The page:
Heads I win, tails you lose:
how tech companies are stealing our time

Joanna Michaels, Beyond Social Buzz
Watch the message dots, pull to refresh, bottomless news, look for likes, autoplay, unskippable ads…I wonder if we’re online or in a Vegas casino.

Social media platforms and tech apps use the psychological lures that keep ranks of gamblers mindlessly pumping coins into the slots, pulling the levers, chasing a win. Now, I’m not saying Facebook, news outlets and the rest want to turn us all into addicts, but they definitely want us to spend more time with their products, afterall, our time equals their profit.

The time we spend on digital devices is growing. According to reports by Ofcom, an average adult in the UK spent 3hrs and 11mins online in 2018. Then in April 2020 (first lockdown) this time had gone up to just over 4hrs. Just to clarify, this is time spent online outside of work, so on leisure activities such as browsing news, social media, online shopping, etc.

While I don’t believe that there is ‘good or bad tech’, I believe that our intentions can make a difference.

Being aware of technological traps that make us engage for longer than intended is crucial if we want to set healthy boundaries for our use of social media and online platforms in general.

The traps catch us unawares – it all happens outside of our conscious attention – so it’s good to be aware of those casino psychology tricks. 

So, here are some things to watch out for:


Social media likes are known to be directly linked to our need for social validation and getting attention from others. 

Interestingly, in the case of Facebook, ‘the like button’ was a late arrival. Facebook launched in 2004 and the Like button was only introduced in 2009.  

Initially, Facebook, a student directory, was about sharing your interest, connecting with others and seeing what they are up to. The ‘like button’ switched this to a constant search for social approval. 

‘Let me just go back and check how many likes this got’. Kerching.
Social approval can be addictive.

Bottomless scroll

Bottomless scroll, in other words, the never-ending stream of news.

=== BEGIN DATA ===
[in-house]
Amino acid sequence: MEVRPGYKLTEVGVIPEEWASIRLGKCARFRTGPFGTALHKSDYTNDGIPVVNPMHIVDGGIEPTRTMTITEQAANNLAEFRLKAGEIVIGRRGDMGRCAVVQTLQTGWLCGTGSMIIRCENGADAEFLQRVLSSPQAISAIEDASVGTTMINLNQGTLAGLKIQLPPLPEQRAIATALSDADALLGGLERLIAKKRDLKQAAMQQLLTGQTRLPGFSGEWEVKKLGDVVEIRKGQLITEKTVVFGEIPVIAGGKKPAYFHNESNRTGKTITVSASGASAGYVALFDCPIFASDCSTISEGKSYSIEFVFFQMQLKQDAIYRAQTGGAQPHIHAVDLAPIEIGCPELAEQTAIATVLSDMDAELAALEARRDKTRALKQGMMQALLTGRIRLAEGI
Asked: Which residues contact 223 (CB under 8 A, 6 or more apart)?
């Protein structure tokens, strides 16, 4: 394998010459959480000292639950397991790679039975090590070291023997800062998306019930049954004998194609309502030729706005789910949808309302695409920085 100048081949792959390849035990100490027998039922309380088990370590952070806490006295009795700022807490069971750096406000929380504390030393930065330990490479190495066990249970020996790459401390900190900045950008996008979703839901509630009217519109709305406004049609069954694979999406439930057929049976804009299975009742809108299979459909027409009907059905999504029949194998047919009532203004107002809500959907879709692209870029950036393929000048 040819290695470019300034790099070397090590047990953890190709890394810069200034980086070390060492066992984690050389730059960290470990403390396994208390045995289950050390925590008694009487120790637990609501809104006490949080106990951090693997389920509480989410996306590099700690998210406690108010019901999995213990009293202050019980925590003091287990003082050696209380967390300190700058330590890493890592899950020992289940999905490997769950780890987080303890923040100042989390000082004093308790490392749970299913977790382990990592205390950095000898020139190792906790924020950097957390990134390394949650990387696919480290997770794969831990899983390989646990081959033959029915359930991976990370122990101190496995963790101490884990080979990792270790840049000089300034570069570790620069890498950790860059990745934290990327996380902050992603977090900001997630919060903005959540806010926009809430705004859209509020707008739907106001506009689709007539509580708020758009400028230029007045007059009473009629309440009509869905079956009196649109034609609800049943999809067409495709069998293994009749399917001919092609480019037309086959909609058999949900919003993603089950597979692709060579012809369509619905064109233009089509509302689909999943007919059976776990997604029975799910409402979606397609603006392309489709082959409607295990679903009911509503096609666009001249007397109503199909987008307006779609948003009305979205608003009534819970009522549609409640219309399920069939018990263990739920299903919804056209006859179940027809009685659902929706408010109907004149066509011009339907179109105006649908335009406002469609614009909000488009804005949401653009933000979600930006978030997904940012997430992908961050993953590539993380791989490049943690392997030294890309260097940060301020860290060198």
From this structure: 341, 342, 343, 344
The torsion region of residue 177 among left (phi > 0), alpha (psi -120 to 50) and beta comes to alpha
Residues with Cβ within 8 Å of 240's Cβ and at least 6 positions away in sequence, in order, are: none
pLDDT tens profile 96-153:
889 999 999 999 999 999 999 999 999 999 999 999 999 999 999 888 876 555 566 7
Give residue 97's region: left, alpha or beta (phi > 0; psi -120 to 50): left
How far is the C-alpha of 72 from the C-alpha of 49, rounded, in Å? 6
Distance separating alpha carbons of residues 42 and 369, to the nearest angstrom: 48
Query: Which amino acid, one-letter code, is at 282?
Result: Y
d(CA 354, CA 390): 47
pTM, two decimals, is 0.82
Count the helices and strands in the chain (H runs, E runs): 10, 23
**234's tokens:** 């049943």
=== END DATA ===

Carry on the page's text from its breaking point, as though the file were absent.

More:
If you’re aged about 50 or over, consuming news used to be: get a newspaper, get a cup of tea or coffee, sit down, read the newspaper – maybe from the back if you like your sport first. Then at some point you would stop, because there was no news left to read or your break was over. You’d put it down and do something else. You’d get the cue to stop. (And the newspaper would be the same if you went back to it).

Today, we consume news with no cues to stop. The news never stops. Flooding us with a stream of information and misinformation and leaving us exhausted.

Auto play videos and snapstreaks

So you log into a social media platform and before you realise your eyes get attracted to the motion and you are watching a video you have never asked for. What’s interesting, in most cases, another video loads up automatically after the end of the first one, without any prompt from your side. You have been caught off guard and you’re engaged. More coins in the slot machine.

Unskippable adverts

 on Youtube have an important role for advertisers, This is because of the so called ‘mere-exposure effect’. Even adverts that we consciously dismiss are remembered by our subconscious- this makes us more likely to buy that product later on because we have been exposed to it before and feel more familiar with it. 

This feature can be especially problematic for those suffering from addictions, and hence why Youtube is rolling out tools that will let users hide gambling and alcohol ads if they don’t want to view them.

Messenger bubbles

…or as they are really called “typing awareness indicators”, that are commonly present in our digital communications via messaging apps. Positives? To let us know that the ‘person’ ( or is it a bot?) on the help chat is still there. But those bubbles push our vulnerabilities when it comes to response time; they indicate the emotional availability of that other person on the other end of the line. What will these moving dots deliver? Approval or rejection?

Think how they’re used as a tension builder in TV dramas. (Line of Duty fan? Remember how the OCG sweated as ‘H’s’ messages appeared, or didn’t, on the laptop).

Pull to refresh 

New posts, upward arrow. It’s another trick that makes us engage for longer by creating a psychological dependency. The technique used here has been borrowed from slot machines in casinos. Scrolling your finger across the screen is like pulling a lever, you receive a whole new load of updates as a ‘reward”. What’s so compulsive about that reward is variable rewards. You never know what comes up when you ‘pull the leaver’, and so you keep coming back for more.

It’s up to us

What shall we demand from tech companies and designers going forward? More apps and tools that serve a clear function without tying us into actions we never intended to take? More transparency in how these tools work and their potential effects so that we can make better choices?

For now, the responsibility for resisting these technological traps have been left with us, the users.

What traps lure you in online? What tactics have devised got to avoid them? I’d love to know!

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